Noise induced hearing loss has been extensively researched and commented on, yet it remains prevalent among industrial workers. The real-world attenuation properties of the Noise Clipper® custom-made hearing protection device and the comfort levels it afford are unknown. Furthermore, research in hearing conservation is seldom focused on the critical/biological thresholds for temporary threshold shift. Field studies on hearing protection devices have demonstrated that laboratory derived measures bear little relation to attenuation achieved in workers. Research has consistently demonstrated that noise reduction ratings that are derived from the laboratory real-ear-at-threshold method do not accurately represent the attenuation of noise that these devices actually provide and the matter remains unclear. Too many important variables are neglected in current real-ear-atthreshold evaluation protocols. This study used an alternative method, the microphone-inreal- ear approach where a dual-element microphone probe was inserted into the Noise Clipper® to measure noise reduction by recording the difference in noise levels outside and behind the device. The sub aims of the study were to record ambient noise levels and frequency spectra; to determine the attenuation characteristics; and to compare the attenuation thresholds to biological thresholds for temporary threshold shift. Using this protocol, measurements were made on 20 subjects in real world situations in order to match the attenuation characteristics of the Noise Clipper® to the actual noise exposure. The microphone-in-real-ear derived attenuation thresholds were compared to the real-earat- threshold values provided by the manufacturer of the Noise Clipper®. Additional subaims were to determine the comfort levels of the Noise Clipper® and record the selfreported wearing time of the device. Wearing comfort was evaluated using a bipolar rating scale. The researcher interviewed 240 mine workers at a platinum mine. Several comfort related sub-scales were used to quantify reported comfort levels. Simultaneously, usage time of the device was self-reported by each worker. Results of the microphone-in-real-ear measurements indicated that ambient noise levels fluctuated from day to day. The attenuation results indicated that most of the measurements suggested protection against noise induced hearing loss through the use of the Noise Clipper®. It was found that the REAT results over estimated the attenuation ability of the Noise Clipper® when compared to the results of the F-MIRE measurements. Eighty seven percent of the measurements indicated protection from thresholds below the biological threshold for temporary threshold shift. Seventy five percent of the workers indicated that the Noise Clipper® was comfortable to wear and 79% indicated that they used it for a full eight hour shift. The results provide an opportunity to assess the use of a protection device and its effectiveness among mineworkers combined with information regarding noise exposure levels. The findings highlight the importance of evaluating variability in terms of individual-specific protection.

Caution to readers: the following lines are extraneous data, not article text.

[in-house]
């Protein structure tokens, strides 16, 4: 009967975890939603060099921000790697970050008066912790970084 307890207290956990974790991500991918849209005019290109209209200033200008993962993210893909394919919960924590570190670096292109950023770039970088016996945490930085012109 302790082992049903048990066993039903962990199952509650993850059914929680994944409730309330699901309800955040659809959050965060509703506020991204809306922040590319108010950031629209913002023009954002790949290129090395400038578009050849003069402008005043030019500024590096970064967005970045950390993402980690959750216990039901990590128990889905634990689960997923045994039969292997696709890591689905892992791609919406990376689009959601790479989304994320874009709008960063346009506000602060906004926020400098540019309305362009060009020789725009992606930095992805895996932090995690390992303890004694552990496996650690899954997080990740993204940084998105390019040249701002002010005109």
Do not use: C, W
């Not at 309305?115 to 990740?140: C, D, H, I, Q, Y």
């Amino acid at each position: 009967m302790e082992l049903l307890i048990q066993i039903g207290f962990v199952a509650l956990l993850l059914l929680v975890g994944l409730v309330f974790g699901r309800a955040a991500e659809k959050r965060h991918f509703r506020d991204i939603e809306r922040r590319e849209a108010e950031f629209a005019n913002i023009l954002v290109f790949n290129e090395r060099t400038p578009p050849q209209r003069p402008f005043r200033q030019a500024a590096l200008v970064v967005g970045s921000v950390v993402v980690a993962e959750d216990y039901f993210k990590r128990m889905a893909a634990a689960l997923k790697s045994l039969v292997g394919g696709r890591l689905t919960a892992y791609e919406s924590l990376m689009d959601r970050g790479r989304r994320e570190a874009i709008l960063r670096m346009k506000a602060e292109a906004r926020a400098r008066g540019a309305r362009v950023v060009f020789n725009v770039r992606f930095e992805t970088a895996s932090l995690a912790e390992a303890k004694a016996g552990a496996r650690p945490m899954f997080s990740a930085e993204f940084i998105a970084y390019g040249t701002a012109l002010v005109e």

Dissertation (MCommunication Pathology)--University of Pretoria, 2013.